How does the experience of using public transit compare around the world? How long do you wait for the bus or train? And, what frustrates you most along the way? We surveyed nearly 12,000 transit riders to find out.
Transit takes time.
A. lot. of. time. Nearly 2 hours on average. Bogota and Los Angeles are in a dead heat for the most time spent on transit, with 134 and 133 minutes each day respectively. Imagine if LA residents could spend those hours working at minimum wage; they’d each make an extra $4,209 a year! Ouch.
Rio de Janeiro, Mexico City and Buenos Aires passengers also report spending 2 hours every day on transit – a huge part of their daily routine. And New York is right behind, with 114 minutes per day on transit.
Bogota and Rio de Janeiro came in tied for second, with 41 min of wait time each day- over a week a year.
Looking on the bright side — if you’re headed to other European cities, things are a bit brighter. Barcelona reports the least time waiting, with only 22 min each day. And Paris, Barcelona, and Milan report the most efficient transit systems – those cities spend the lowest percentage of their total trip time just waiting for transit to arrive (23%-26% of the total trip time).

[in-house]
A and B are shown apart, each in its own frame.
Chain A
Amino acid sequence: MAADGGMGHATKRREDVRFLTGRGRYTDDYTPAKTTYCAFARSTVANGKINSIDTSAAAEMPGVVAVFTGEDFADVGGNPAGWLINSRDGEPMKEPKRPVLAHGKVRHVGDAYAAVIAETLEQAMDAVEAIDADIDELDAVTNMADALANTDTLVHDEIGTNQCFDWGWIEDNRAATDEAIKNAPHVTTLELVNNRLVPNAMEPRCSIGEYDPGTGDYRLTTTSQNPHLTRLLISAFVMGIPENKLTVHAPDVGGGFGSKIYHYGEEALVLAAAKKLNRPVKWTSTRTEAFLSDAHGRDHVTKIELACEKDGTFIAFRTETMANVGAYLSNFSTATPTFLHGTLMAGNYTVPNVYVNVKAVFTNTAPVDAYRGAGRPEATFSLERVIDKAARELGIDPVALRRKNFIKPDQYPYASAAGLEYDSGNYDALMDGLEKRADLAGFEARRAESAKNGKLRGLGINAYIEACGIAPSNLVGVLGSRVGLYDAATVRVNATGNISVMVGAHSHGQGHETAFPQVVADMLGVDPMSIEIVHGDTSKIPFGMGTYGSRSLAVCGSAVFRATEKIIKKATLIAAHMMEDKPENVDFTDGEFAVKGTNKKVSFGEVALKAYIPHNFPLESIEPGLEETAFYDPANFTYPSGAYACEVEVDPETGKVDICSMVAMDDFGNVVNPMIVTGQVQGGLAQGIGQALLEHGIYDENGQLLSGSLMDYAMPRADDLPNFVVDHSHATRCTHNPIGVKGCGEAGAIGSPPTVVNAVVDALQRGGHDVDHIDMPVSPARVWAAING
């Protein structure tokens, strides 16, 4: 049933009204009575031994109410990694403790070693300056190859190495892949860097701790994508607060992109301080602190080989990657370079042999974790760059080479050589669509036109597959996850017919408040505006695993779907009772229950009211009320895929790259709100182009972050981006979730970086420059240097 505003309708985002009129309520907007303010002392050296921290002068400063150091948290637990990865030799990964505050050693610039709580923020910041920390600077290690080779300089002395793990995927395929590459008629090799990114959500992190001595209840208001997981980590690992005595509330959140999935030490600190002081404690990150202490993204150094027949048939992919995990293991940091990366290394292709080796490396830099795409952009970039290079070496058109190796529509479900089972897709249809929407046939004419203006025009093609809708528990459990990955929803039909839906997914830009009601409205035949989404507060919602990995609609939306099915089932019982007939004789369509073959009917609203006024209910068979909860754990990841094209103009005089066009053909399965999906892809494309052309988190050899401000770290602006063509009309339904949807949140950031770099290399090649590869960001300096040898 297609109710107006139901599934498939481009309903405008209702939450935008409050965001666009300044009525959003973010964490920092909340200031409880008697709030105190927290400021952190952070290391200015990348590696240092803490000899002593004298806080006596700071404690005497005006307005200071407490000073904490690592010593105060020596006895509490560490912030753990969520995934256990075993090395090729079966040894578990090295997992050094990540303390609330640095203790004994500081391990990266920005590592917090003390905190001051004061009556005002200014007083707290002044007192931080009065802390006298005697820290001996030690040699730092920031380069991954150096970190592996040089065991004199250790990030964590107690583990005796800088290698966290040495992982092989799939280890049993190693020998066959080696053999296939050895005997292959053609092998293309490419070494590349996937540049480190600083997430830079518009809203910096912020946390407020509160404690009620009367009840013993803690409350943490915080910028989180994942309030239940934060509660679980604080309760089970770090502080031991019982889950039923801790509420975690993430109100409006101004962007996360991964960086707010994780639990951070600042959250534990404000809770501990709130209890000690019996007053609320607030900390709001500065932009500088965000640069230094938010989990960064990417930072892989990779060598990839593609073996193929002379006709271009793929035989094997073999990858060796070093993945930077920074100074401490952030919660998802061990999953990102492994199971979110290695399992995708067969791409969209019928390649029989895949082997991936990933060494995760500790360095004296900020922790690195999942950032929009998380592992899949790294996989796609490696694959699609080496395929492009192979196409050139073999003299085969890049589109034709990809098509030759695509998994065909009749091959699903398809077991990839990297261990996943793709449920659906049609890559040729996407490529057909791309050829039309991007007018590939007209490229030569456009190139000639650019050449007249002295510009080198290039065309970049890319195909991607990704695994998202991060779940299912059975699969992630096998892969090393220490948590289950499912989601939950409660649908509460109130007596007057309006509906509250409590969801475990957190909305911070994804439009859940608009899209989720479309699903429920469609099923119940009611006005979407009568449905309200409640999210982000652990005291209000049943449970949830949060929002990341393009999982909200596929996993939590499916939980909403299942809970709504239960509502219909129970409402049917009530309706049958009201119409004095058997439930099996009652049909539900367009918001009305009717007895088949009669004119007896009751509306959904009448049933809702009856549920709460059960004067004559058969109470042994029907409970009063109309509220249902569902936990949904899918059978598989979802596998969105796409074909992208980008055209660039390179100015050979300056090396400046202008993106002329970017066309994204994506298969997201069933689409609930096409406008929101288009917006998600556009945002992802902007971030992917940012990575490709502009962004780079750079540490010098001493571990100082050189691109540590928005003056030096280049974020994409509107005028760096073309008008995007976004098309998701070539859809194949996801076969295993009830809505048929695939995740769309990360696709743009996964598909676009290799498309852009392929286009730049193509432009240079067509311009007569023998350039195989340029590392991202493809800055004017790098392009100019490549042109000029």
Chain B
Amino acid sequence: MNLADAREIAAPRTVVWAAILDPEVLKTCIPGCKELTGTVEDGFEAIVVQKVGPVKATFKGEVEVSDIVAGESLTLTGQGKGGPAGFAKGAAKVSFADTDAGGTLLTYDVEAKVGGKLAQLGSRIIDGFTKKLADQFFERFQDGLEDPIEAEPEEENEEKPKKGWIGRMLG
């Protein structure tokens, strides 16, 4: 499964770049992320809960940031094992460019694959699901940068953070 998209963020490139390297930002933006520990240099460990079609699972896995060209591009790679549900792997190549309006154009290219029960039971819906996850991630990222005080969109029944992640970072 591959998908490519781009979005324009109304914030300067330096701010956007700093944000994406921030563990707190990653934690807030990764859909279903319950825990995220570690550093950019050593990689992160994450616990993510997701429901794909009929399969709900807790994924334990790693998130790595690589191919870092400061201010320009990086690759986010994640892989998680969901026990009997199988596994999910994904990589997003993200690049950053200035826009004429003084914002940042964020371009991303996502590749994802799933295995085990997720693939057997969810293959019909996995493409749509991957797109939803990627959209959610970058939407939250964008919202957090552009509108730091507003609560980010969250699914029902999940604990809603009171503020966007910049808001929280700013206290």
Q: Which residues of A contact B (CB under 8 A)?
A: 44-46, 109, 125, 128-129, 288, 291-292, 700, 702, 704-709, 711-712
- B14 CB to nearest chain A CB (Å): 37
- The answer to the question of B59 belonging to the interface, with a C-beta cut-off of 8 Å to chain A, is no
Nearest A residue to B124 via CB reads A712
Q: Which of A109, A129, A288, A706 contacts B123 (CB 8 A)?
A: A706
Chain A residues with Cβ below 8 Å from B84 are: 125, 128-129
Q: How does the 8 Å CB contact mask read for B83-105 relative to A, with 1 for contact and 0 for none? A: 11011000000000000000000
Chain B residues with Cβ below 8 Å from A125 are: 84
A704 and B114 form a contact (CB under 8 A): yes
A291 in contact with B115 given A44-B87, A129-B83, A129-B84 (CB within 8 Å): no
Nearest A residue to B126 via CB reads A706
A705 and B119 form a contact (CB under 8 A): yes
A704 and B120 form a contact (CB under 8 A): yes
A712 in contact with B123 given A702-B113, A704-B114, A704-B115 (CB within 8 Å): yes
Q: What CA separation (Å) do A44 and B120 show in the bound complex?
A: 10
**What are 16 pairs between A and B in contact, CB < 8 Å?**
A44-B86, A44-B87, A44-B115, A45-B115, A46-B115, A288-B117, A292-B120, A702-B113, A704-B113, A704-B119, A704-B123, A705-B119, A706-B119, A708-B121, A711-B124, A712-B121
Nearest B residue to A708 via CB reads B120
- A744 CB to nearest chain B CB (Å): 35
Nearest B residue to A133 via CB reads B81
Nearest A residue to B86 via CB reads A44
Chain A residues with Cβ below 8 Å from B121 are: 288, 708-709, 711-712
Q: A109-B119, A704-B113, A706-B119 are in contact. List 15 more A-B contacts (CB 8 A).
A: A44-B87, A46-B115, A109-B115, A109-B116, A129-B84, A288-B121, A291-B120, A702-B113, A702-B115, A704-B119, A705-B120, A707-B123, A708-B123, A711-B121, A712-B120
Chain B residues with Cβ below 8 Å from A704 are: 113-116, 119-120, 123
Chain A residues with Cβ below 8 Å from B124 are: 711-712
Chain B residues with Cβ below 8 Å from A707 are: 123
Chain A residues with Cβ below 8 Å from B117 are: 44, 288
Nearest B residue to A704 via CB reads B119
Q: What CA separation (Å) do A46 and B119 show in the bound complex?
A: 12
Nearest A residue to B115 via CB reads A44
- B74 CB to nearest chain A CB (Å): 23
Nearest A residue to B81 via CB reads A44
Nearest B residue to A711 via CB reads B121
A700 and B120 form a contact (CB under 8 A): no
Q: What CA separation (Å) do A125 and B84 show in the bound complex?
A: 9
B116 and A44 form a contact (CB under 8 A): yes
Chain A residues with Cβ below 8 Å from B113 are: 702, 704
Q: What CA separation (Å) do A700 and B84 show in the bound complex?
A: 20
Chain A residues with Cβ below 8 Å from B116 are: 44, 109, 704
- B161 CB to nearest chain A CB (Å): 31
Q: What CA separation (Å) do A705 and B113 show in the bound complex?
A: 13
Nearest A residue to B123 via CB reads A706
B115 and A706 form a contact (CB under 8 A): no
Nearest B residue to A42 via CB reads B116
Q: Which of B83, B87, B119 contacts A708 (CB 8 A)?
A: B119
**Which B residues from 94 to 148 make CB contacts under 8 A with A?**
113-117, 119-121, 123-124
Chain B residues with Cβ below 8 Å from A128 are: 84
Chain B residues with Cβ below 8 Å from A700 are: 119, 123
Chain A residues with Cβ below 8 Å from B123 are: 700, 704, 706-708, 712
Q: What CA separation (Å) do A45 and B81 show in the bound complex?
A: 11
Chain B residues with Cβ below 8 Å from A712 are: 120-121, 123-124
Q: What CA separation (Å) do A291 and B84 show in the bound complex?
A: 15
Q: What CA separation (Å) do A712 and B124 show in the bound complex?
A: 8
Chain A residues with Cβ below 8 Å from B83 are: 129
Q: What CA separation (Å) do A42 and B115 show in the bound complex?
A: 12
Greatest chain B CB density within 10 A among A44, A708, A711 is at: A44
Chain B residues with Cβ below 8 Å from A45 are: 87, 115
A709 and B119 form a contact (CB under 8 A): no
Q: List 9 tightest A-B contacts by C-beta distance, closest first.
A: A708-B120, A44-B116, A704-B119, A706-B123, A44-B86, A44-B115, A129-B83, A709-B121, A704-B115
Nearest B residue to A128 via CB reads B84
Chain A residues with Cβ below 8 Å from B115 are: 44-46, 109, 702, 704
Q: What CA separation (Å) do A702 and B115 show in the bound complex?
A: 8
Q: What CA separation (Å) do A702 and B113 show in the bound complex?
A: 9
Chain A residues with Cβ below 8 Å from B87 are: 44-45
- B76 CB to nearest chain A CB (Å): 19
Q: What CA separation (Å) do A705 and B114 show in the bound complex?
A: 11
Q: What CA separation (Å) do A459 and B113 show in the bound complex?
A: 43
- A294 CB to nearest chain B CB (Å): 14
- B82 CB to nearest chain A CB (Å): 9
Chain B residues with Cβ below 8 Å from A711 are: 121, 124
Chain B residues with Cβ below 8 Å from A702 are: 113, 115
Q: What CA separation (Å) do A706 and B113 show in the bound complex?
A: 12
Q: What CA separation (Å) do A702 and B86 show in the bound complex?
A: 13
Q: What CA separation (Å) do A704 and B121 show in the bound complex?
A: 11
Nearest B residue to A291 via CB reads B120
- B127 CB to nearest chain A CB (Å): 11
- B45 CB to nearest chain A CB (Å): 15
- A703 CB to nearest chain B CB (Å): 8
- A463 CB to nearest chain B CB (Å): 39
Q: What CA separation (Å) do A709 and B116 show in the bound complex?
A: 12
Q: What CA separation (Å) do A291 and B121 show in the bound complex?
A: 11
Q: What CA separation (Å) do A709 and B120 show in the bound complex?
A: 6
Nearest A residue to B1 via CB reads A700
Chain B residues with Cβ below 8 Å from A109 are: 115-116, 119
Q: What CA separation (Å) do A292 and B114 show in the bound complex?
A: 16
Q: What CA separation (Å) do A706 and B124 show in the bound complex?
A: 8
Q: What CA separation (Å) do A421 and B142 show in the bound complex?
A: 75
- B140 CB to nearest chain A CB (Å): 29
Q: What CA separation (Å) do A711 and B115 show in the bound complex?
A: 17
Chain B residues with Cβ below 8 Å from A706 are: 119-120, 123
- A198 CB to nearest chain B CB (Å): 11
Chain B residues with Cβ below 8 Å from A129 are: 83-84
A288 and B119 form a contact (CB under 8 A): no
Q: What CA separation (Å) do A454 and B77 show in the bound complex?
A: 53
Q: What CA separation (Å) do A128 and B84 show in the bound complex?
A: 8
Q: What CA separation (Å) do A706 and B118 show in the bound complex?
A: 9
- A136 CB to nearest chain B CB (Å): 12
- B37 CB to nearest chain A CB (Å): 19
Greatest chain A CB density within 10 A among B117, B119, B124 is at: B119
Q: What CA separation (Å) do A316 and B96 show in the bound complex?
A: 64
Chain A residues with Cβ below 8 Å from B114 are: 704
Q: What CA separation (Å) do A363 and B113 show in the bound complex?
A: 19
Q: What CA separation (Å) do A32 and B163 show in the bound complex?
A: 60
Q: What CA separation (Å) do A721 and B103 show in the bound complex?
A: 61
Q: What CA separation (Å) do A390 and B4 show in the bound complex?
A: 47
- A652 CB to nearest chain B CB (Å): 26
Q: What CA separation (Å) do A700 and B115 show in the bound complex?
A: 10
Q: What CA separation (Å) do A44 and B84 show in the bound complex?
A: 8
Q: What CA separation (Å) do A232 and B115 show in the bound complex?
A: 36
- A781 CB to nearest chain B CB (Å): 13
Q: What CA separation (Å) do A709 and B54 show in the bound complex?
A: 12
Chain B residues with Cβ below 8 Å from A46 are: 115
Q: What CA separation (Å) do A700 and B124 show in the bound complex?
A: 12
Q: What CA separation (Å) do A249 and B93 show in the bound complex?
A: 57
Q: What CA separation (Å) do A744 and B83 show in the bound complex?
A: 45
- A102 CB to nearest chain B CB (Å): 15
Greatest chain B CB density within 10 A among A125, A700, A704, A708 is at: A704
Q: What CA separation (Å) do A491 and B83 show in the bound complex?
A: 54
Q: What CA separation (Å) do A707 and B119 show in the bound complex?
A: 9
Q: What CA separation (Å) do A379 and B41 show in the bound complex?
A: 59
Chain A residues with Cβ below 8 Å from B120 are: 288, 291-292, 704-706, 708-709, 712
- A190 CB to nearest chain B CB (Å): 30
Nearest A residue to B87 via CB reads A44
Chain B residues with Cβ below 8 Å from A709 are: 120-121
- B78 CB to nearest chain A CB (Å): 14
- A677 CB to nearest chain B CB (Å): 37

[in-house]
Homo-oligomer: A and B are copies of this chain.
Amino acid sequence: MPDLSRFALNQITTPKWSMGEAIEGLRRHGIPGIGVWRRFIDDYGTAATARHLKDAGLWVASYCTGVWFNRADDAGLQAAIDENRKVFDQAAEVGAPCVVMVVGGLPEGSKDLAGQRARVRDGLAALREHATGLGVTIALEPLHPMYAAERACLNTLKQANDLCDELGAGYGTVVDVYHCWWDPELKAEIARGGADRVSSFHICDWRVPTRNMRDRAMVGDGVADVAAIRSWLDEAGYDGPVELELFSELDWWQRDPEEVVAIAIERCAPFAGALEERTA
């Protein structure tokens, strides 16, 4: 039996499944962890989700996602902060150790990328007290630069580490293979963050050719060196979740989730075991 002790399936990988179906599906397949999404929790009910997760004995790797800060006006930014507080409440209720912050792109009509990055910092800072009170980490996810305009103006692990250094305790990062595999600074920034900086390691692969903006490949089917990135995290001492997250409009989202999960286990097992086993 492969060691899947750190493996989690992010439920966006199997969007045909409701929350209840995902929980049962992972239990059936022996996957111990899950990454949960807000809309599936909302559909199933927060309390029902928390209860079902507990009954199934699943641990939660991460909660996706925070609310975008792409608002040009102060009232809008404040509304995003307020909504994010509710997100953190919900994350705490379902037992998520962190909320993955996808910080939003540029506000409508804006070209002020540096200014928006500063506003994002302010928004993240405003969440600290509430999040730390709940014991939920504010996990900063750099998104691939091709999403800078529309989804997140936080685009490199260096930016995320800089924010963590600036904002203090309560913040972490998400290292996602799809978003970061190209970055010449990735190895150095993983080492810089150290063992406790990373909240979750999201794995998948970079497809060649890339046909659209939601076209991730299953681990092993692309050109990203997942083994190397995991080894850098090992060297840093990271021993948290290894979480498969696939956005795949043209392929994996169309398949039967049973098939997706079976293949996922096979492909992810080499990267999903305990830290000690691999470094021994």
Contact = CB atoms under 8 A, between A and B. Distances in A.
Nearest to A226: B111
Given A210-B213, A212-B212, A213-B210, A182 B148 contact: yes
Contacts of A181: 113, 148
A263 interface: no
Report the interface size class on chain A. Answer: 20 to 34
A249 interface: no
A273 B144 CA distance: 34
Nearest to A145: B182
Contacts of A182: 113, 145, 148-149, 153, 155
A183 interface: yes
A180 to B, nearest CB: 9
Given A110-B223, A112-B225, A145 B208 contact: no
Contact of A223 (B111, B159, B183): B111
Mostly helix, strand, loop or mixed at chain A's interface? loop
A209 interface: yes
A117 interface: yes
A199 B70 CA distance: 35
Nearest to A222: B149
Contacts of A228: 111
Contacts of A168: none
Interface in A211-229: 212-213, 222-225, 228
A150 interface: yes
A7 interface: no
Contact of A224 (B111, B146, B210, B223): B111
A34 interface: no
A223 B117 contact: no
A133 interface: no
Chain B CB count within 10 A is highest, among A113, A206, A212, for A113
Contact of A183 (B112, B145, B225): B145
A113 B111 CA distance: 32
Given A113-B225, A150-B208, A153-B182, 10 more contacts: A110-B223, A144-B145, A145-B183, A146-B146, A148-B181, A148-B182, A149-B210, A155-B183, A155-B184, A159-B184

Waiting is not fun.
We asked people what bothers them the most about transit. Before using Moovit, most reported being most frustrated that they didn’t know when bus/train would arrive (81%). We also saw a correlation between satisfaction and lower wait times: passengers report being most satisfied with transit in London (96%), Barcelona (92%), and Paris (90%) after using Moovit.
Ok, so there’s some good news. We have zero control over delays, overcrowding, or that driver who woke up on the wrong side of the bed (if only!). But Moovit can help you find out what time transit will arrive, and cut down on that nasty wait time. In Santiago and Bogota, for example, having more info raised satisfaction more than 30%.